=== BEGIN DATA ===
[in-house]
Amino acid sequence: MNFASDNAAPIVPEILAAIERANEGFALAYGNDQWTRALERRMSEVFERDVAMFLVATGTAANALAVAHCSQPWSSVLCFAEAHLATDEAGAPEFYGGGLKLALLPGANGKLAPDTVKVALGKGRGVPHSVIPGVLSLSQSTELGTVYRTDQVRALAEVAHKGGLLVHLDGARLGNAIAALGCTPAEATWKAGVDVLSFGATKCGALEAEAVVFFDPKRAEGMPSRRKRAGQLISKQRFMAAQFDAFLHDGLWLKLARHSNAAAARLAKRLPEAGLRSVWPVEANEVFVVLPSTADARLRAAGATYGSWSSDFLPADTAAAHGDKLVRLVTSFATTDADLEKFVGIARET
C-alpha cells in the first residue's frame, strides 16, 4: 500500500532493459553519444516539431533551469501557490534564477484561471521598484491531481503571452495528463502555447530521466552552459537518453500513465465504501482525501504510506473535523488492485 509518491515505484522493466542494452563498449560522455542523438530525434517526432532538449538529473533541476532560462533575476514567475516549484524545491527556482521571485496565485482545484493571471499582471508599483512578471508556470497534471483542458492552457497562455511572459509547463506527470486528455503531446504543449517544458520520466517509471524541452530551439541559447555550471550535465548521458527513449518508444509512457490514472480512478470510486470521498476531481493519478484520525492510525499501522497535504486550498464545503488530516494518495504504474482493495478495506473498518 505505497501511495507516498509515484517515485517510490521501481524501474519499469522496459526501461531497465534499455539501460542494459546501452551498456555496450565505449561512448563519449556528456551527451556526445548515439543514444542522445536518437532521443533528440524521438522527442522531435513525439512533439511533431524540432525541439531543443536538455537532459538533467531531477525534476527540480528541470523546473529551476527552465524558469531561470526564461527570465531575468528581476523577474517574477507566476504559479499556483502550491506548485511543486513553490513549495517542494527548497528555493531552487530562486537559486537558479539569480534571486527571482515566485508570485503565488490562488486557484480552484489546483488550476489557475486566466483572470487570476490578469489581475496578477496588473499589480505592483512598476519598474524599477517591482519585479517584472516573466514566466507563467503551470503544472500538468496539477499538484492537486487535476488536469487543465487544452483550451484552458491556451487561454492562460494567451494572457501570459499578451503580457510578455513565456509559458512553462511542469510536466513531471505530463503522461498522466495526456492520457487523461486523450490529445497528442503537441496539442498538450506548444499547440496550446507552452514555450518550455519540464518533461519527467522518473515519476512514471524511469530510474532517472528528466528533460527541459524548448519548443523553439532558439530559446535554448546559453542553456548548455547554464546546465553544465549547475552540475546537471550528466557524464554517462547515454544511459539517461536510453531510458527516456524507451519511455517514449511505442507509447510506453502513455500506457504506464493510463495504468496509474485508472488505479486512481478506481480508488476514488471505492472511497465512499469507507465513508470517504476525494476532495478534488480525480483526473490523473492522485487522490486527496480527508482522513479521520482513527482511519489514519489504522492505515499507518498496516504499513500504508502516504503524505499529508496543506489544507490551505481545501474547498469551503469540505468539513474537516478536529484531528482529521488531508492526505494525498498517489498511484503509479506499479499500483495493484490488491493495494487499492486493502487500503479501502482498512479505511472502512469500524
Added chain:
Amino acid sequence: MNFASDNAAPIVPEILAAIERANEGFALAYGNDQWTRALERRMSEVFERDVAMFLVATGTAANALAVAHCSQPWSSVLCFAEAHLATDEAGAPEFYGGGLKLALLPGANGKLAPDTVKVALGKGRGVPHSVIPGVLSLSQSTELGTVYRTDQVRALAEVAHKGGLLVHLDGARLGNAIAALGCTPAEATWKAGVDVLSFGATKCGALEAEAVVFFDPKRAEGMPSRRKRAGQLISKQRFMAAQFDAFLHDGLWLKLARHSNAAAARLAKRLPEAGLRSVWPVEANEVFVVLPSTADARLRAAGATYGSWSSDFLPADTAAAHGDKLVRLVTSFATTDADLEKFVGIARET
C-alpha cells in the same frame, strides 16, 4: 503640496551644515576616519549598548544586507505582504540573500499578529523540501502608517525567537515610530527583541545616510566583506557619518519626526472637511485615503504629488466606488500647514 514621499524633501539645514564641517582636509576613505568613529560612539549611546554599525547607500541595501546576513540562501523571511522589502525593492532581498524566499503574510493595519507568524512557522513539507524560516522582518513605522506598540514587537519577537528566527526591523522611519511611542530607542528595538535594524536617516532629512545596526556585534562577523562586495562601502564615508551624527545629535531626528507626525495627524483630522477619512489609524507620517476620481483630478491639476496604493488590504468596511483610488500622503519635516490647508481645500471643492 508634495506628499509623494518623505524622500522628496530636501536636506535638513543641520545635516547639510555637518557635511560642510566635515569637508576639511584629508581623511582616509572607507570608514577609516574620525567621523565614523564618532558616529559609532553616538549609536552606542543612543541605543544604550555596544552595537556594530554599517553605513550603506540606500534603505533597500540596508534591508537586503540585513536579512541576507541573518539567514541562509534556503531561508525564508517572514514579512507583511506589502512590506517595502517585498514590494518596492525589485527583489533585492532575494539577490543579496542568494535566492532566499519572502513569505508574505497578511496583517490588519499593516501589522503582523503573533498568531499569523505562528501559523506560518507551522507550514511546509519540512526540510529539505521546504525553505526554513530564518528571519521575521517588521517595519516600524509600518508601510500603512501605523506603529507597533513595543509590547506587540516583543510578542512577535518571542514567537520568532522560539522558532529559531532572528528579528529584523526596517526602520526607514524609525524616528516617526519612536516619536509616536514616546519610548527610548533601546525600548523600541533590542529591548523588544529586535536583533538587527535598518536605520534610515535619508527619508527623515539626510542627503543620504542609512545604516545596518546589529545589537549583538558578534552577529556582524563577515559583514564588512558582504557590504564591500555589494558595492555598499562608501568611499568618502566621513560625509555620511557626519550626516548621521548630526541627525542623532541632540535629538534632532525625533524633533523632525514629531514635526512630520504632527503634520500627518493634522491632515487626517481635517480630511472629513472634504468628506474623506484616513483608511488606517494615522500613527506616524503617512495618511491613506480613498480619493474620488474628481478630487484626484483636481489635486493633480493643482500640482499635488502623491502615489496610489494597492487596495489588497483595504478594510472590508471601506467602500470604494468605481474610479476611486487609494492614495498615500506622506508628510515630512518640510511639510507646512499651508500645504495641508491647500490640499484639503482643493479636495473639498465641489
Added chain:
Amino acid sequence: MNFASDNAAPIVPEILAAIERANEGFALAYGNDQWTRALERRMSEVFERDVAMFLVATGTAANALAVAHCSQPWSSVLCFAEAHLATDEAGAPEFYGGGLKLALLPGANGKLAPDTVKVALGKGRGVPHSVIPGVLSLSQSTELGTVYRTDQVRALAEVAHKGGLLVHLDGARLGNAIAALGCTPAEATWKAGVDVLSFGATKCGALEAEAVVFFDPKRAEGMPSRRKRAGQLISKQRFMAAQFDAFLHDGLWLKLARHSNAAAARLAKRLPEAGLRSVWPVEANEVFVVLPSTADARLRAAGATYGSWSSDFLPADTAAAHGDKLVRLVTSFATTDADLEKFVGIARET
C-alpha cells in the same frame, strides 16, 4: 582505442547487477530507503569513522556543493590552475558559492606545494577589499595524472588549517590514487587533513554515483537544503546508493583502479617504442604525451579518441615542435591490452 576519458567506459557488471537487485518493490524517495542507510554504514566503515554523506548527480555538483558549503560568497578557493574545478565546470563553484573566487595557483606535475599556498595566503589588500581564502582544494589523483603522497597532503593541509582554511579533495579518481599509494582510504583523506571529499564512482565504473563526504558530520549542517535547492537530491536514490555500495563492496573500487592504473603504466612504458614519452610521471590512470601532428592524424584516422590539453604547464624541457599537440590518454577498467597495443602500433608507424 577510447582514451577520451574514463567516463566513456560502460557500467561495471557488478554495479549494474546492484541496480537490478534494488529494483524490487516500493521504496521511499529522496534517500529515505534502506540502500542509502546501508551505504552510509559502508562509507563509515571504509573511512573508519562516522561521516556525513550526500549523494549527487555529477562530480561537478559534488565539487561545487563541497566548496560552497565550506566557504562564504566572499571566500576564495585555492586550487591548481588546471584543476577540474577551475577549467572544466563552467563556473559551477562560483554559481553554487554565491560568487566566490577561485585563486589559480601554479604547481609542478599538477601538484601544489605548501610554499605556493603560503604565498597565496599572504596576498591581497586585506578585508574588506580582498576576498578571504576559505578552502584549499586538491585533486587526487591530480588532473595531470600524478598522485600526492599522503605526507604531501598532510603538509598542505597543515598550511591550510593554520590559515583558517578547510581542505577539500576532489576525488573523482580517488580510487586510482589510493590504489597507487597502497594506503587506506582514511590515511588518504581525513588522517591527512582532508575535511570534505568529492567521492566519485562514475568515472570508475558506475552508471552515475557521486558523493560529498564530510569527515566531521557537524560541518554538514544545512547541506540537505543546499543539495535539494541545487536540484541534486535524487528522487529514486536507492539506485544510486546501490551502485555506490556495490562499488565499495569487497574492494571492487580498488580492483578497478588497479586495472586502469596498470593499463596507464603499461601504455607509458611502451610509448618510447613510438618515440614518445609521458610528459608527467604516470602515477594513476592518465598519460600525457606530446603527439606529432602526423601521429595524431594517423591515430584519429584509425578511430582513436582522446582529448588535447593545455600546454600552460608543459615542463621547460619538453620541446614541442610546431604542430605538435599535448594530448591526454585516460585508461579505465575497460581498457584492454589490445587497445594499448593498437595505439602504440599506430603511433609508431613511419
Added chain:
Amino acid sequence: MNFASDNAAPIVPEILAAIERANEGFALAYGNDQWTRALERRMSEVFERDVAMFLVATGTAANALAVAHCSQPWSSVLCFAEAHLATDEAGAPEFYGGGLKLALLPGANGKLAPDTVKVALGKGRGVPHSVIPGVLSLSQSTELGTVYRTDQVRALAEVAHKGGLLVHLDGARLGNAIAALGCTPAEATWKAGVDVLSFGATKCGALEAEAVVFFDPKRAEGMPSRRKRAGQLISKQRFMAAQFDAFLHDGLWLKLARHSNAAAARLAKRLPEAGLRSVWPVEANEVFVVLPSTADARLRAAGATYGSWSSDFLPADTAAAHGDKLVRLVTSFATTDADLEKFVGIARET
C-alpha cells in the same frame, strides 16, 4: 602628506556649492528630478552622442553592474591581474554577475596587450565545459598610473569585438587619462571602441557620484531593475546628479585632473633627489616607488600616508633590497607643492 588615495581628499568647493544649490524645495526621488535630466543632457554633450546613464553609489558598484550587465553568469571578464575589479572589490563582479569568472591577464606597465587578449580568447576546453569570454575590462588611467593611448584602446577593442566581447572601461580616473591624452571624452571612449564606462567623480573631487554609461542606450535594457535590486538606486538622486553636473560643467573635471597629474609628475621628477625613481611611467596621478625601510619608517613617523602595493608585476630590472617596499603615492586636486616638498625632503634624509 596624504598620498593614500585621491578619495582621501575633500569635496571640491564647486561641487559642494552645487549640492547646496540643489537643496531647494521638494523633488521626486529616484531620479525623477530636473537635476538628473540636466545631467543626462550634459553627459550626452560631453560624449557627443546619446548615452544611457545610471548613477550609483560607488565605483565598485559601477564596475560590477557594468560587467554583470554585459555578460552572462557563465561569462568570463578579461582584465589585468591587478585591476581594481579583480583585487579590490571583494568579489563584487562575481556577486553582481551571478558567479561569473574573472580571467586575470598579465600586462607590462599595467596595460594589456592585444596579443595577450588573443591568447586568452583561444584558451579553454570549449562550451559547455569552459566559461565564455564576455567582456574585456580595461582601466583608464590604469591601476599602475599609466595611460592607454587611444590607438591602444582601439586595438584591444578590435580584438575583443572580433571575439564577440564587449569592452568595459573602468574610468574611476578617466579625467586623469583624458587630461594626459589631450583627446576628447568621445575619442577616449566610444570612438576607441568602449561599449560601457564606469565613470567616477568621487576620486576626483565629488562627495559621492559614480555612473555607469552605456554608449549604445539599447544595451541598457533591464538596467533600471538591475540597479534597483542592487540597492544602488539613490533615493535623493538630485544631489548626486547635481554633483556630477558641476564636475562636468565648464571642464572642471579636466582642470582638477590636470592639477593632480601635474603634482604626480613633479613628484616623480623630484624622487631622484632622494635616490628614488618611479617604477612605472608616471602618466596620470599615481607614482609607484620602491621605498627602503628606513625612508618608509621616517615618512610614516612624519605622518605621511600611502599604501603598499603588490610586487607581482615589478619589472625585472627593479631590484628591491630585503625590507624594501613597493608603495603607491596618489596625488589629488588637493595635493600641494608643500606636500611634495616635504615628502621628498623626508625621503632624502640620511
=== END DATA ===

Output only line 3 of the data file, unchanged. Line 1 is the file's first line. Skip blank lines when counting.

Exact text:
C-alpha cells in the first residue's frame, strides 16, 4: 500500500532493459553519444516539431533551469501557490534564477484561471521598484491531481503571452495528463502555447530521466552552459537518453500513465465504501482525501504510506473535523488492485 509518491515505484522493466542494452563498449560522455542523438530525434517526432532538449538529473533541476532560462533575476514567475516549484524545491527556482521571485496565485482545484493571471499582471508599483512578471508556470497534471483542458492552457497562455511572459509547463506527470486528455503531446504543449517544458520520466517509471524541452530551439541559447555550471550535465548521458527513449518508444509512457490514472480512478470510486470521498476531481493519478484520525492510525499501522497535504486550498464545503488530516494518495504504474482493495478495506473498518 505505497501511495507516498509515484517515485517510490521501481524501474519499469522496459526501461531497465534499455539501460542494459546501452551498456555496450565505449561512448563519449556528456551527451556526445548515439543514444542522445536518437532521443533528440524521438522527442522531435513525439512533439511533431524540432525541439531543443536538455537532459538533467531531477525534476527540480528541470523546473529551476527552465524558469531561470526564461527570465531575468528581476523577474517574477507566476504559479499556483502550491506548485511543486513553490513549495517542494527548497528555493531552487530562486537559486537558479539569480534571486527571482515566485508570485503565488490562488486557484480552484489546483488550476489557475486566466483572470487570476490578469489581475496578477496588473499589480505592483512598476519598474524599477517591482519585479517584472516573466514566466507563467503551470503544472500538468496539477499538484492537486487535476488536469487543465487544452483550451484552458491556451487561454492562460494567451494572457501570459499578451503580457510578455513565456509559458512553462511542469510536466513531471505530463503522461498522466495526456492520457487523461486523450490529445497528442503537441496539442498538450506548444499547440496550446507552452514555450518550455519540464518533461519527467522518473515519476512514471524511469530510474532517472528528466528533460527541459524548448519548443523553439532558439530559446535554448546559453542553456548548455547554464546546465553544465549547475552540475546537471550528466557524464554517462547515454544511459539517461536510453531510458527516456524507451519511455517514449511505442507509447510506453502513455500506457504506464493510463495504468496509474485508472488505479486512481478506481480508488476514488471505492472511497465512499469507507465513508470517504476525494476532495478534488480525480483526473490523473492522485487522490486527496480527508482522513479521520482513527482511519489514519489504522492505515499507518498496516504499513500504508502516504503524505499529508496543506489544507490551505481545501474547498469551503469540505468539513474537516478536529484531528482529521488531508492526505494525498498517489498511484503509479506499479499500483495493484490488491493495494487499492486493502487500503479501502482498512479505511472502512469500524